The braised greens from Berlin Bistro. Photo by Brian Addison.

In full admittance for this piece, I say one thing: I am unsure of advertising my excitement about Chef Rob Fry’s menu at Berlin—a relatively accessible menu that flexes his ability to relate with patrons before diving head-on into what I am sure are his outstanding abilities. 

I am second-guessing myself on advertising this. Hear me out. I admit that not because I am uncertain of the quality of food I am about to profess—no, there is no question on that—but I am unsure I want to so happily proclaim excitement over a chef because I am so afraid this is some strange social hoax.

You see, I got to recently experience food that left me genuinely excited. It was exciting for so many reasons: It was seeing food that was, for the most part, rare in Long Beach; in fact, it reminded me of the work of Chef Dima Habibeh of Ammatoli, Chef Jason Witzl of Ellie’s/Lupe, Chef Brian Lavin of Wood & Salt, Chef Melissa Ortiz who introduced the introductory menu at Bamboo Club…

The crab toast from Berlin Bistro. Photo by Brian Addison.

It was food that not only uplifted me; it was food that was thoughtful, beautiful, fun… And that also meant it was food meant to be experienced _in the restaurant_ it was being served at.

Every one of the previously mentioned chefs had the chance to introduce their food pre-pandemic: It didn’t arrive on the dependence of a food deliverer who might have had many orders (because the pandemic has created a monster for them to navigate) nor did it have to travel far to get to my mouth. It was a moment that is rare nowadays: A chef offering me food the way they would have served it were we not under extraordinary circumstances.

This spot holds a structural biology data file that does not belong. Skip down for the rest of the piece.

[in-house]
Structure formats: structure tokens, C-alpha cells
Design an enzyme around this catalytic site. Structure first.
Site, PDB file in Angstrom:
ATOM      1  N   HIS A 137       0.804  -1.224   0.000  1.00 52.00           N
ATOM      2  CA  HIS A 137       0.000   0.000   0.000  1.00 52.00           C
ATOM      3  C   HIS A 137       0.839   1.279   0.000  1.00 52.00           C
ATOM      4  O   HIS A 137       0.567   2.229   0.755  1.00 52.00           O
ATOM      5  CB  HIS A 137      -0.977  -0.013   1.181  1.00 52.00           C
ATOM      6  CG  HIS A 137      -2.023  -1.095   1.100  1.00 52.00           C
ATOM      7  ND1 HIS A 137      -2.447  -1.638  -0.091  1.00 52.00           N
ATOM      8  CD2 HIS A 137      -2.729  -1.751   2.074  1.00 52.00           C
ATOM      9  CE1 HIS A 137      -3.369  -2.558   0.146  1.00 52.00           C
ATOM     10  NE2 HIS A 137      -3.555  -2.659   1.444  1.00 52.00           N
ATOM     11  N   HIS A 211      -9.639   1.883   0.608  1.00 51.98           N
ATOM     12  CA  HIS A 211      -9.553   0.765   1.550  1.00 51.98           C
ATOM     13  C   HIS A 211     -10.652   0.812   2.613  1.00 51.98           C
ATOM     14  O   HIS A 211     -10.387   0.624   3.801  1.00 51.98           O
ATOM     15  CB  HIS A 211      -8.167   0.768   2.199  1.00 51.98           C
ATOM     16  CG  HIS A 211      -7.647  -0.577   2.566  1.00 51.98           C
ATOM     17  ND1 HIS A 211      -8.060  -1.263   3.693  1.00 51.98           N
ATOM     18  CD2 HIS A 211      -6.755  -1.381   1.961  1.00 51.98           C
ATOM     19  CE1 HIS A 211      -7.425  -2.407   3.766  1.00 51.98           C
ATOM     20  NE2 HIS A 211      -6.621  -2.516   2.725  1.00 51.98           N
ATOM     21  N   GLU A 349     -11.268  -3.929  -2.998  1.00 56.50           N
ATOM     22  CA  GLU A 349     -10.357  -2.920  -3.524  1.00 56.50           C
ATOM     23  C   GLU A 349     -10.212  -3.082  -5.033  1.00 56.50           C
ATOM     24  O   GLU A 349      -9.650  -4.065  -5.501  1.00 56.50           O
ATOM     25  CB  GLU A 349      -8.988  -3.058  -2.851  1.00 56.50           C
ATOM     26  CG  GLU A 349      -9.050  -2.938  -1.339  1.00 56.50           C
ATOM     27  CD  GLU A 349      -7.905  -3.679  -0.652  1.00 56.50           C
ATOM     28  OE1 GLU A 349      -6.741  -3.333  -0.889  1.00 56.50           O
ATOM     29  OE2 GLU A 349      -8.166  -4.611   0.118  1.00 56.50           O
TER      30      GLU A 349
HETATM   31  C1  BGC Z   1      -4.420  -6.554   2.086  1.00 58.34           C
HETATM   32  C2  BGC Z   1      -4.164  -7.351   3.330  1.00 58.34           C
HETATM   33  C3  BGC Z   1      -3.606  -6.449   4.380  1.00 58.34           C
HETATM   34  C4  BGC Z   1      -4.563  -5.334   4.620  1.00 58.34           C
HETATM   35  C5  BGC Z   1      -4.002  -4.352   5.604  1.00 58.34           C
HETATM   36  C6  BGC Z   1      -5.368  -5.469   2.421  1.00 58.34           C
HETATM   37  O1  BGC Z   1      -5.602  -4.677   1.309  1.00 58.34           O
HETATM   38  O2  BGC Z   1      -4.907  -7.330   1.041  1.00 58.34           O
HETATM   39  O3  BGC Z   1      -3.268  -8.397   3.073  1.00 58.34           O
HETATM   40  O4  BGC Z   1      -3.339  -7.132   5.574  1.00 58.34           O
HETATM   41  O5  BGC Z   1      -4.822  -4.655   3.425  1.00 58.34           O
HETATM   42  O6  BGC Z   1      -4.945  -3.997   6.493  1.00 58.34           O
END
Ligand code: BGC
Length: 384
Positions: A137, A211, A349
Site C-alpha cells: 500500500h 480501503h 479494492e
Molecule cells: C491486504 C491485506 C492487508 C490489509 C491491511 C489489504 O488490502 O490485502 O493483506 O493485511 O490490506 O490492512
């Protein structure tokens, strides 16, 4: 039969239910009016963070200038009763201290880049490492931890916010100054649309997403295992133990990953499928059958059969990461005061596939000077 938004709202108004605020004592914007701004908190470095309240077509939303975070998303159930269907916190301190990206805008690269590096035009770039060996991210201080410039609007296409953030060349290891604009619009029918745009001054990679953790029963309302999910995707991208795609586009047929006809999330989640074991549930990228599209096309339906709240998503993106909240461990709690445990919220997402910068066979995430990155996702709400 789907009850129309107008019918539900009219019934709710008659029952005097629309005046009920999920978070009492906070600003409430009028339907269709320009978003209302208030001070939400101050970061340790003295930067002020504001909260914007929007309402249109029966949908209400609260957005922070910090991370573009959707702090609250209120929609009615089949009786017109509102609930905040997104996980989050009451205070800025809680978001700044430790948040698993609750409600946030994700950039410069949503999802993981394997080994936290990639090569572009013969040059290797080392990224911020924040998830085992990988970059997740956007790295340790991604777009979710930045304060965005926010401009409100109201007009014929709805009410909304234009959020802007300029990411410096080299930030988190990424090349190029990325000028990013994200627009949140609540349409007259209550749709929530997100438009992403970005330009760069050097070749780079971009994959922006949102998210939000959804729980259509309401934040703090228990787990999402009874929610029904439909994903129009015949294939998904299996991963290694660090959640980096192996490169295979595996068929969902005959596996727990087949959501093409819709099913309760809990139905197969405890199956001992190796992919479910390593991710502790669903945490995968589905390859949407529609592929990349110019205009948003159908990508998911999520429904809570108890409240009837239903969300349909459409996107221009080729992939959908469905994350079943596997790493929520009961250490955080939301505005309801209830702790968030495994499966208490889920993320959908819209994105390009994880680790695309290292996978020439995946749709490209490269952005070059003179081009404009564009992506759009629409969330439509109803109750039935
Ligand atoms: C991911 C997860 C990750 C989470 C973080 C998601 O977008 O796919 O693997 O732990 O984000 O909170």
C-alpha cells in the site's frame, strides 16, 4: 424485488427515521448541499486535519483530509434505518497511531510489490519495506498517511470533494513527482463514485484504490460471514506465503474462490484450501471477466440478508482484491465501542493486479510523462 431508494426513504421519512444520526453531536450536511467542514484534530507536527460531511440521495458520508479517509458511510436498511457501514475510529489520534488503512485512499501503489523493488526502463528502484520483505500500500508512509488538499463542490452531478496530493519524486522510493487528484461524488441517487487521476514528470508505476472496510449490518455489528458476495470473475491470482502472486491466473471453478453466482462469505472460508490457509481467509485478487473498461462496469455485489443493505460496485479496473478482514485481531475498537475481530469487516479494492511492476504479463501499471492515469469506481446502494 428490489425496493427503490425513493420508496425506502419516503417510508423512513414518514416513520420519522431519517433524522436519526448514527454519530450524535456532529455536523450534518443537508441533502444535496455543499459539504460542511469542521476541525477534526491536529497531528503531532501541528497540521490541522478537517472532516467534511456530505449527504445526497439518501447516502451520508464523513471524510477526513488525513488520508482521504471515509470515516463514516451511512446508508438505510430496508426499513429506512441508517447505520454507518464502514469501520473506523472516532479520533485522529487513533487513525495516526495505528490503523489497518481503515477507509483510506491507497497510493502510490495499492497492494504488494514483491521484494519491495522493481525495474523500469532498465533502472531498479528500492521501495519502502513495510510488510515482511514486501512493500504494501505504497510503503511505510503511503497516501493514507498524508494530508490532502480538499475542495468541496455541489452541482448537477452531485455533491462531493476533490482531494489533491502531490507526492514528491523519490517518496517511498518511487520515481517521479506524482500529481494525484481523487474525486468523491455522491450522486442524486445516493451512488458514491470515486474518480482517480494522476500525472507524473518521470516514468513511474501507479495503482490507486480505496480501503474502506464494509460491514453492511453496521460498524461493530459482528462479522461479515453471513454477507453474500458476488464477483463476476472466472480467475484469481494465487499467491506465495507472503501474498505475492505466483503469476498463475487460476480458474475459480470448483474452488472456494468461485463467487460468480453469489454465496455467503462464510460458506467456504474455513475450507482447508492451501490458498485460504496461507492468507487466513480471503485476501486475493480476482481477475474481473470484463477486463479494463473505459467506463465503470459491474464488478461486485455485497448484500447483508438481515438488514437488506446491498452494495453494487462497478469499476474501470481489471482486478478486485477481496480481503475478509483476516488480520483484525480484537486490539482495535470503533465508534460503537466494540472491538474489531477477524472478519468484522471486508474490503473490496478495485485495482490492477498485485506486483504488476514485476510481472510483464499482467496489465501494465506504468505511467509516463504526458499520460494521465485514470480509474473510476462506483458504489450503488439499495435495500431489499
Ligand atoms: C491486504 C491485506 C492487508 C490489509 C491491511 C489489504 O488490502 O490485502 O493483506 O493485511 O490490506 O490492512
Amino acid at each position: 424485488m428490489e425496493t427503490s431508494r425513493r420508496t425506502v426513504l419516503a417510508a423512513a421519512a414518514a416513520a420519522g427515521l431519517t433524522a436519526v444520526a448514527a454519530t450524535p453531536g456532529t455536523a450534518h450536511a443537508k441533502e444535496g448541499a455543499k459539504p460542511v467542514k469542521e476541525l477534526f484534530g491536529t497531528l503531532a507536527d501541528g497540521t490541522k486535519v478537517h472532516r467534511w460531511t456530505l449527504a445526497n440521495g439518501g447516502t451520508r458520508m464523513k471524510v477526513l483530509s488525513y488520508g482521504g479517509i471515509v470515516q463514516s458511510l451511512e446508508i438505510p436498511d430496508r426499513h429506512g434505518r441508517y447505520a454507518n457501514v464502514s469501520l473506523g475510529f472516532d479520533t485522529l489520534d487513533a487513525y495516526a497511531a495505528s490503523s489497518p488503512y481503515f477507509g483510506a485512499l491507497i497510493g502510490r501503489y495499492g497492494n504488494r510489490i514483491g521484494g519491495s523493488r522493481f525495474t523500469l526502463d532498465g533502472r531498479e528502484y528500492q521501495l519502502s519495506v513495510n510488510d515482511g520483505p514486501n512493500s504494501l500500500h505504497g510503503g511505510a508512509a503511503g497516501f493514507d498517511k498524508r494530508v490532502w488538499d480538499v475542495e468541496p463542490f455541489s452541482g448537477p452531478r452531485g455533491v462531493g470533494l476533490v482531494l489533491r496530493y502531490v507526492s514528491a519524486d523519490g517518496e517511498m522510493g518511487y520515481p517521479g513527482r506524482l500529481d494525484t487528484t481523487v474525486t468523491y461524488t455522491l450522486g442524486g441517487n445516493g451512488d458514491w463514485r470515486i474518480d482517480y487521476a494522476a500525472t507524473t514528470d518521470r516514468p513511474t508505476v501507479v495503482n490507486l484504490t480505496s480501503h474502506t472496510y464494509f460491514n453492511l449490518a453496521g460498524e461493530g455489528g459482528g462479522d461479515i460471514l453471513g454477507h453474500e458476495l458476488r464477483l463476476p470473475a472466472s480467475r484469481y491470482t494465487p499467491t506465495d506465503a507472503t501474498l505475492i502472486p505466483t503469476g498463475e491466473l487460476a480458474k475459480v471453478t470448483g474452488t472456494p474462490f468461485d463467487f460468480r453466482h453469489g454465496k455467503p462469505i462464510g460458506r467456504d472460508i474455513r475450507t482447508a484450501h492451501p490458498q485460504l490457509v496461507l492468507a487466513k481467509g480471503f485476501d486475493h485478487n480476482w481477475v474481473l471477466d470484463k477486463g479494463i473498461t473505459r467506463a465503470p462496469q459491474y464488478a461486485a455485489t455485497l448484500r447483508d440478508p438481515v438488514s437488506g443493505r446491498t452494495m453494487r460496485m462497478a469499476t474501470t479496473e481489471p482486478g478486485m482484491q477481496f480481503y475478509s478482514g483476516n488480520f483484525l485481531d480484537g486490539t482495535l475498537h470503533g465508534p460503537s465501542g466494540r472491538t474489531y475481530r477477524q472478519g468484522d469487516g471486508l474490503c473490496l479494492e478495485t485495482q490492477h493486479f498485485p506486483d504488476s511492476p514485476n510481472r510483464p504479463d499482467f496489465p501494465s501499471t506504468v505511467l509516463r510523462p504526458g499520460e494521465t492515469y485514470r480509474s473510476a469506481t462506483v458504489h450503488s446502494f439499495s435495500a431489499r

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Even more problematic was the fact that what left me genuinely excited was that I wanted _more_. Fry’s food is wonderful—and I say that genuinely. There wasn’t a single thing on the menu which didn’t particularly delight me in one way or another because we are witnessing a young chef who is at the beginning base of what is hopefully a shining trajectory.

The duck egg toast from Berlin Bistro. Photo by Brian Addison.

It’s his steak tartare: minuscule cubes of New York strip lathered in a tart coating—that tartness cut with a sharp-but-subtle grate of fresh horseradish and the witty addition of the nuttiness with both grated hazelnuts and hazelnut oil—served with a healthy heap of grilled Gusto bread to heap the tartare onto.

It’s his braised greens: Using a black cabbage kale—its an Italian variety often dubbed “lacinato” or “dinosaur” kale—he somehow creates a vegetarian-friendly dish that is as hearty as it is warming. Hefty chunks of Maitake mushrooms and a single fried egg sit amid greens brushed with the sweetness of sherry. It’s, simply put, awesome.